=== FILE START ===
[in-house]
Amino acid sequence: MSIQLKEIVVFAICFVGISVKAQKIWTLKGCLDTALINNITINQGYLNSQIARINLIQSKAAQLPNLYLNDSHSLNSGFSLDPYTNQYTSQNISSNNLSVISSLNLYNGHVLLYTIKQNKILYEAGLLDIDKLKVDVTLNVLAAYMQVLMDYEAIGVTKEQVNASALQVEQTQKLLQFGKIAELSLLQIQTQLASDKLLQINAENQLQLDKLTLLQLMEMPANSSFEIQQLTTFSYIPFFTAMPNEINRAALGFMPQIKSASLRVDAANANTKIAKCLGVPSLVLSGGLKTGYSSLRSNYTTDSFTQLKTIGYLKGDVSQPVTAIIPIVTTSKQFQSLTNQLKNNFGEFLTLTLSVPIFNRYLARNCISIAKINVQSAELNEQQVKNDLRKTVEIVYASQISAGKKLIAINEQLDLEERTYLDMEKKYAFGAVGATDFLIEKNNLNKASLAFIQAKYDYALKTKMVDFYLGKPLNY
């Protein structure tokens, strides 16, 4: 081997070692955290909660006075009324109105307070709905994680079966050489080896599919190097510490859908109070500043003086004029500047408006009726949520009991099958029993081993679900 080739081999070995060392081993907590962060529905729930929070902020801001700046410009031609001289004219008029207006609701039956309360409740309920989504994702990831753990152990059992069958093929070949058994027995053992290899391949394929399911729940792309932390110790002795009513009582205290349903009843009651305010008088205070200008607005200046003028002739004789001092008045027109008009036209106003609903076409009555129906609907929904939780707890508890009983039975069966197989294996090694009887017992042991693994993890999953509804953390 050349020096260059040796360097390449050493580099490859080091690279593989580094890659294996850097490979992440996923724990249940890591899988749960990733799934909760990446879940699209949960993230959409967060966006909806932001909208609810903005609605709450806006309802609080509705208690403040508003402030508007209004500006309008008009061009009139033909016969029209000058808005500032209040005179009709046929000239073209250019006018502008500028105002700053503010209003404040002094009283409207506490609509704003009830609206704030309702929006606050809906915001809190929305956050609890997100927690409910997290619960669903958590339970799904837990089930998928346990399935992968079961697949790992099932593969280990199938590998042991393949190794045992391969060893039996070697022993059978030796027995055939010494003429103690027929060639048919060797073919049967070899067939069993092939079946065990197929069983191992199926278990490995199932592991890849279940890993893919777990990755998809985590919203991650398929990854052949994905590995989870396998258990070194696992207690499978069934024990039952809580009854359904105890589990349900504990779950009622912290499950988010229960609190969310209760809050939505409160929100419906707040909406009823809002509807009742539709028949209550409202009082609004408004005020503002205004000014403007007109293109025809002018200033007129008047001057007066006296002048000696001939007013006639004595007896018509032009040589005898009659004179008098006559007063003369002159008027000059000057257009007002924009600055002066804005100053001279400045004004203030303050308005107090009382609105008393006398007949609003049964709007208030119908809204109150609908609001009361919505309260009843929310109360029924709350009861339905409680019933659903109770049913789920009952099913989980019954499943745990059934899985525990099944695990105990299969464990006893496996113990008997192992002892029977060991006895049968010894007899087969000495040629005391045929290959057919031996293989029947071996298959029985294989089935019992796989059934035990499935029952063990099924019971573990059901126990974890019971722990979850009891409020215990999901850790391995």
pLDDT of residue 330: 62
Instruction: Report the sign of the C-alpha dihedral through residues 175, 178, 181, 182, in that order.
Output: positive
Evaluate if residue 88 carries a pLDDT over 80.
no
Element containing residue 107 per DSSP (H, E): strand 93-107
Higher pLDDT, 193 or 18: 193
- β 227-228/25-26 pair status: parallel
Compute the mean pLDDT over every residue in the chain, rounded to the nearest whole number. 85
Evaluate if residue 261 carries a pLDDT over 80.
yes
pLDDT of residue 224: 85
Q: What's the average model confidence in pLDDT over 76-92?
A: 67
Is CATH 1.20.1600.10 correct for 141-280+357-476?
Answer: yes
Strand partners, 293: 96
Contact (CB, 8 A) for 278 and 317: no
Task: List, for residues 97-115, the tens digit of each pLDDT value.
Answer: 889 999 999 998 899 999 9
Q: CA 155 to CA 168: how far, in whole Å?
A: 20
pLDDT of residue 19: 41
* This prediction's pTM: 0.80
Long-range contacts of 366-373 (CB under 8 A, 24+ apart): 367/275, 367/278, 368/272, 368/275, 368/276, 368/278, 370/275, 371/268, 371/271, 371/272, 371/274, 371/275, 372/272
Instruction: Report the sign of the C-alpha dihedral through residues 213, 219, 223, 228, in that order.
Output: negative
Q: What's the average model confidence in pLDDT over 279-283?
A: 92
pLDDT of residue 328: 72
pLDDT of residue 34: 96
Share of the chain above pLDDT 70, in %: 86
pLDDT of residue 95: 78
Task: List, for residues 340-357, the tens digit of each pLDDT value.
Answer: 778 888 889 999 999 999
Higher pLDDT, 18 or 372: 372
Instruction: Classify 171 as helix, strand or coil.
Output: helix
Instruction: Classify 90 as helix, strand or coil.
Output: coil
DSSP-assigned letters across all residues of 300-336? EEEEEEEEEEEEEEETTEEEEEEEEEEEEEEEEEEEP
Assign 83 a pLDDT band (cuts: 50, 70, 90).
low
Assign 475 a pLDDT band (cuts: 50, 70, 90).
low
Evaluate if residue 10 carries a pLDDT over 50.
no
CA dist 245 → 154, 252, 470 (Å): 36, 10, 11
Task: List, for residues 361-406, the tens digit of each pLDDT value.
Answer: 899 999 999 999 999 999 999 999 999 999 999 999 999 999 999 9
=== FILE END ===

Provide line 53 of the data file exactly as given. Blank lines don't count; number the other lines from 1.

Answer: 899 999 999 999 999 999 999 999 999 999 999 999 999 999 999 9